World Female  Entrepreneurship Day

Celebrated on November 19, World Female Entrepreneurship Day aims to highlight and value women as protagonists in the field of entrepreneurship.

Celebrated in 144 countries, the date was established through a partnership between Global Entrepreneurship Week, the United Nations Foundation, and the U.S. State Department.

Much more than a commemorative date, this day is an important message about how entrepreneurial actions developed by millions and millions of women can take them out of their vulnerable condition, both here in Brazil and around the world, giving them more financial and personal freedom, and collaborating or, as in many situations, sustaining the household budget.

In Brazil, women have also advanced and today represent more than 30 million entrepreneurs, and most of these women started their businesses out of necessity, according to data from Sebrae. Besides necessity, another motivating factor is the desire to be independent.

Supported by the CCFI, indigenous women advance in entrepreneurial projects

The Cultural and Indigenous Training Center (CCFI), coordinated by the Fraternity – International Humanitarian Federation (FFHI), with the support of Operation Acolhida, offers free courses and workshops, through the Livelihoods and Lasting Solutions Sector, to indigenous people coming from Venezuela, Guyana, and part of Brazil.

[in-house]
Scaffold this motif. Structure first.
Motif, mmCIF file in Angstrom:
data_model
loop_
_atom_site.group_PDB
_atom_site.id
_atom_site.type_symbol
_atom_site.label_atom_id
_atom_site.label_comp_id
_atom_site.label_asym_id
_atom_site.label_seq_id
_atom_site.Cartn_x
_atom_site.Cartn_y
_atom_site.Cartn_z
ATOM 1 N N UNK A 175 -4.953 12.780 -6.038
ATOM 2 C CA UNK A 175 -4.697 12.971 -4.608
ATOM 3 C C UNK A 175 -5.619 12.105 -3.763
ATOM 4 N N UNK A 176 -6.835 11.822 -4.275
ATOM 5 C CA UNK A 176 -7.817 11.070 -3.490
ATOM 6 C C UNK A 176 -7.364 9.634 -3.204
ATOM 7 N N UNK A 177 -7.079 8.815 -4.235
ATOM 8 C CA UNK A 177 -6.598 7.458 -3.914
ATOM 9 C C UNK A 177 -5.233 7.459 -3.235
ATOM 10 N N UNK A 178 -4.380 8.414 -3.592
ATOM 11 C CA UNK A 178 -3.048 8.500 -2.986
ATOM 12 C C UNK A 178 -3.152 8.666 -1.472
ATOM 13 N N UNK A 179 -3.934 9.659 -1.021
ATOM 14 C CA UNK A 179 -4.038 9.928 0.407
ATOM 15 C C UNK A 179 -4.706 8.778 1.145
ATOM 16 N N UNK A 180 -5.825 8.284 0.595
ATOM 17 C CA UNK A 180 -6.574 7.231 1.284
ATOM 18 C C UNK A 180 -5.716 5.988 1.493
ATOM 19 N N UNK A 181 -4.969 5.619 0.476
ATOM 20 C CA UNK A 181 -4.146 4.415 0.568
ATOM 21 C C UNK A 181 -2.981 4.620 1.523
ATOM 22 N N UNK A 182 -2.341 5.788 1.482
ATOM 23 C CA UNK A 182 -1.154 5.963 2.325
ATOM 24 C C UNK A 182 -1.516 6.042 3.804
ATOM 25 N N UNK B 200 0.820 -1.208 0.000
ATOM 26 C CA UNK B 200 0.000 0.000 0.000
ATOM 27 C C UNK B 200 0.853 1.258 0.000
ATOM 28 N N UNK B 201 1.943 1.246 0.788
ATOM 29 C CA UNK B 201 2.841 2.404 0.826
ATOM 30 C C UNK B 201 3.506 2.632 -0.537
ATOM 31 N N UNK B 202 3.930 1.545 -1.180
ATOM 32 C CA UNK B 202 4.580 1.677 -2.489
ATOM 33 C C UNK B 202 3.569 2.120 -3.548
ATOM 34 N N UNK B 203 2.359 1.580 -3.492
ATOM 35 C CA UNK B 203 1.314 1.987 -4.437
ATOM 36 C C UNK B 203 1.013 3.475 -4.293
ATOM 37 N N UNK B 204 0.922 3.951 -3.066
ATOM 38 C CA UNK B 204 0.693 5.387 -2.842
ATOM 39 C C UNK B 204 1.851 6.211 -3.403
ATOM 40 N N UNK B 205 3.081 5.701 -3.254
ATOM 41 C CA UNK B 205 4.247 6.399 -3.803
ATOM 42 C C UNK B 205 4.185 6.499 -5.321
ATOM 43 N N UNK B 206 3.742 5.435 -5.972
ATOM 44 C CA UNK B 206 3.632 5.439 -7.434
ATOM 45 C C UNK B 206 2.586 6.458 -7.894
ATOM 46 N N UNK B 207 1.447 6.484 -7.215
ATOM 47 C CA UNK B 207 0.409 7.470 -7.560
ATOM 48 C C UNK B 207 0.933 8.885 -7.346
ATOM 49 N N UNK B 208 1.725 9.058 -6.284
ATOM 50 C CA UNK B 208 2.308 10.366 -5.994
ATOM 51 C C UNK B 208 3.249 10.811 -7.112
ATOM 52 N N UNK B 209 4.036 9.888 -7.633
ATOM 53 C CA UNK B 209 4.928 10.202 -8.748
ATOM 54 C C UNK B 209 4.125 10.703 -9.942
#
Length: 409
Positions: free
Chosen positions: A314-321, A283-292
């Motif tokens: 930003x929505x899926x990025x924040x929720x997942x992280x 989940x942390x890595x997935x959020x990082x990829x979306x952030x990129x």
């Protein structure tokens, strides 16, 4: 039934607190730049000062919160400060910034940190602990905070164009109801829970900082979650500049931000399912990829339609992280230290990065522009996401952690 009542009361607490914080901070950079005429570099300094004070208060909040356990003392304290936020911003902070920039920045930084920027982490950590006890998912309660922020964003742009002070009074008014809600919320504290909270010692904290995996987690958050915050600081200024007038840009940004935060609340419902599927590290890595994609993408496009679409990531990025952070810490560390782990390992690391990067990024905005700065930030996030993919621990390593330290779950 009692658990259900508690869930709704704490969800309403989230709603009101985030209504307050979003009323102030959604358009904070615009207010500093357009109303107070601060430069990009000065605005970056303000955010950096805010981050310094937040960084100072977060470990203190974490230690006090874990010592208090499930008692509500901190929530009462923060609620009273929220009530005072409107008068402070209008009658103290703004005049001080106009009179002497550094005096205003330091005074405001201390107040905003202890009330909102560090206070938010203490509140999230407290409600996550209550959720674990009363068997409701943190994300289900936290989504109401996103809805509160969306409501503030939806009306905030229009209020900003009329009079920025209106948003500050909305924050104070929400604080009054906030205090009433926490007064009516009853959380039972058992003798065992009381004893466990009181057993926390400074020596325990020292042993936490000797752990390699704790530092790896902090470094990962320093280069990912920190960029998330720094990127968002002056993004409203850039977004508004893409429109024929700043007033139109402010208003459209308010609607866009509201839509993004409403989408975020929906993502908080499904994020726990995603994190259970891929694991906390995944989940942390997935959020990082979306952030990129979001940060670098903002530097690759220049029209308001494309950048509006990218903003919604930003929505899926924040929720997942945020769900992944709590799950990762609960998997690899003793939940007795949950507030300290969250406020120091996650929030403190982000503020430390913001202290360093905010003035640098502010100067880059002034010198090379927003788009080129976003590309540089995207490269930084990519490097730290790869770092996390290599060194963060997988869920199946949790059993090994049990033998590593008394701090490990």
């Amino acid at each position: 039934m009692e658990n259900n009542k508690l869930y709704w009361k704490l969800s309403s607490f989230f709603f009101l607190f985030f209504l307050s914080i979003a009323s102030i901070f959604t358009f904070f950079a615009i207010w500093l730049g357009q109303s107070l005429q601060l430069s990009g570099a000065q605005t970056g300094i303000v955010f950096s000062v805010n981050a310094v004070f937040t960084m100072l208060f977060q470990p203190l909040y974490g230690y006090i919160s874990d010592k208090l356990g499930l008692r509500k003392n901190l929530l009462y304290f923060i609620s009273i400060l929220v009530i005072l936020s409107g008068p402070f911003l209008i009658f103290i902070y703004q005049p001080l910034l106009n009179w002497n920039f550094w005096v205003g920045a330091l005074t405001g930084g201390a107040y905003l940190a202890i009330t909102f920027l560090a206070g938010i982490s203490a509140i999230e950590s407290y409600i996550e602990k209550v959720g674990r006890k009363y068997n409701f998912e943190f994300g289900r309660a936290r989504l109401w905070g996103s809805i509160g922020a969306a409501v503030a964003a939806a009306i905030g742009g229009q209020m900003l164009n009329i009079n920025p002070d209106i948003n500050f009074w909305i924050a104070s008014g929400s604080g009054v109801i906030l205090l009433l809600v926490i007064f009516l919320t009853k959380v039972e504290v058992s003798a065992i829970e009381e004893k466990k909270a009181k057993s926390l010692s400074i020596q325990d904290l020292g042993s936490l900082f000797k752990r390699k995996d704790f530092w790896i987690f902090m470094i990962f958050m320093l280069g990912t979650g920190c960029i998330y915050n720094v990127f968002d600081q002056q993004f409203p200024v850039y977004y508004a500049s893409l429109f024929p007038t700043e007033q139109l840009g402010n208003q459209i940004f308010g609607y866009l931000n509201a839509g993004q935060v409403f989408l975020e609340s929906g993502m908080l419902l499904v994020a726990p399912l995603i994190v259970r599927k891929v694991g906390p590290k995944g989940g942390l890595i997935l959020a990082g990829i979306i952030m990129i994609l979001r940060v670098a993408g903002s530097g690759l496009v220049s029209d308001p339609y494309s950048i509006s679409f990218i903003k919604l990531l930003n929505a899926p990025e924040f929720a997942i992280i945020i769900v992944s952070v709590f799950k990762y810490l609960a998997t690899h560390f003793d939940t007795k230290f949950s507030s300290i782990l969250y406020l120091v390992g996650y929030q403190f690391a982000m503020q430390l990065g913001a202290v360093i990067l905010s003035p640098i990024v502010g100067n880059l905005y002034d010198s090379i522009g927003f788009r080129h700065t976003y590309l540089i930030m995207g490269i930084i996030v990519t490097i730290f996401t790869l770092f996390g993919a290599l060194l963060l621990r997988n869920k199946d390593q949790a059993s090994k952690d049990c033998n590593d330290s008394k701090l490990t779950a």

The CCFI supports the beneficiaries who want to start their own business and generate self-sufficiency by offering mentoring and advisory services for new entrepreneurs, courses in entrepreneurship and financial education, and the availability of a physical place that serves as an incubator for new initiatives.

The women occupy an important place among the  participants and are in charge of many projects in the areas of cooking, eco-fashion, handicrafts, cosmetics, and traditional indigenous medicine. With resilience, dedication and mutual solidarity they are acquiring conditions for social, economic and cultural insertion in to Brazilian society and in the labor market.

Get to know the Tida Warao ecological sanitary napkin production project, developed by Venezuelan indigenous women.